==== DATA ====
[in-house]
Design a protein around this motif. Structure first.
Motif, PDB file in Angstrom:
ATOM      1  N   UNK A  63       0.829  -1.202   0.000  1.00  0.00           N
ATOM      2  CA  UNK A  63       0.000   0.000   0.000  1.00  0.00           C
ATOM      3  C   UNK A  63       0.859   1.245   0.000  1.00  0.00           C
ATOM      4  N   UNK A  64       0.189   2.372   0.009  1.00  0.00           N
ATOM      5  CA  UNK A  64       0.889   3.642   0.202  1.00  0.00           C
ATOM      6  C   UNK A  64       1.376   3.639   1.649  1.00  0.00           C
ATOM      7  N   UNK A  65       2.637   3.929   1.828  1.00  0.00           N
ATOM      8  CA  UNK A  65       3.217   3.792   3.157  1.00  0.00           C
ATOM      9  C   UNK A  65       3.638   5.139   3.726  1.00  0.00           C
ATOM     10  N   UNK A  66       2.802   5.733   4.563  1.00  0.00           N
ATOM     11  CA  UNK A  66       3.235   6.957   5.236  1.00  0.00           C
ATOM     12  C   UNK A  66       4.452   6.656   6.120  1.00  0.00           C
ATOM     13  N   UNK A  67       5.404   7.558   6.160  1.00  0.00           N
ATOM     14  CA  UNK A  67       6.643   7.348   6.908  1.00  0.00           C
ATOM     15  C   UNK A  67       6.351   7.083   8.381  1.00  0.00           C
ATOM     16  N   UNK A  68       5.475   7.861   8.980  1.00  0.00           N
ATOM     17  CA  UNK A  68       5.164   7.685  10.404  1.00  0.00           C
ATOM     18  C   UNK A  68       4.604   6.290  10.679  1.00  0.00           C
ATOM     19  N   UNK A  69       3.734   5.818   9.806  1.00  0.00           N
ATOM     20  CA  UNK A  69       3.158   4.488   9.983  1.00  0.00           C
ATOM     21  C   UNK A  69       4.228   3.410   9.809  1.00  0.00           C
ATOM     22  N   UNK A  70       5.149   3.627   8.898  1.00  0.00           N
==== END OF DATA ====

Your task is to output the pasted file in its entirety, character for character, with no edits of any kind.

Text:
[in-house]
Design a protein around this motif. Structure first.
Motif, PDB file in Angstrom:
ATOM      1  N   UNK A  63       0.829  -1.202   0.000  1.00  0.00           N
ATOM      2  CA  UNK A  63       0.000   0.000   0.000  1.00  0.00           C
ATOM      3  C   UNK A  63       0.859   1.245   0.000  1.00  0.00           C
ATOM      4  N   UNK A  64       0.189   2.372   0.009  1.00  0.00           N
ATOM      5  CA  UNK A  64       0.889   3.642   0.202  1.00  0.00           C
ATOM      6  C   UNK A  64       1.376   3.639   1.649  1.00  0.00           C
ATOM      7  N   UNK A  65       2.637   3.929   1.828  1.00  0.00           N
ATOM      8  CA  UNK A  65       3.217   3.792   3.157  1.00  0.00           C
ATOM      9  C   UNK A  65       3.638   5.139   3.726  1.00  0.00           C
ATOM     10  N   UNK A  66       2.802   5.733   4.563  1.00  0.00           N
ATOM     11  CA  UNK A  66       3.235   6.957   5.236  1.00  0.00           C
ATOM     12  C   UNK A  66       4.452   6.656   6.120  1.00  0.00           C
ATOM     13  N   UNK A  67       5.404   7.558   6.160  1.00  0.00           N
ATOM     14  CA  UNK A  67       6.643   7.348   6.908  1.00  0.00           C
ATOM     15  C   UNK A  67       6.351   7.083   8.381  1.00  0.00           C
ATOM     16  N   UNK A  68       5.475   7.861   8.980  1.00  0.00           N
ATOM     17  CA  UNK A  68       5.164   7.685  10.404  1.00  0.00           C
ATOM     18  C   UNK A  68       4.604   6.290  10.679  1.00  0.00           C
ATOM     19  N   UNK A  69       3.734   5.818   9.806  1.00  0.00           N
ATOM     20  CA  UNK A  69       3.158   4.488   9.983  1.00  0.00           C
ATOM     21  C   UNK A  69       4.228   3.410   9.809  1.00  0.00           C
ATOM     22  N   UNK A  70       5.149   3.627   8.898  1.00  0.00           N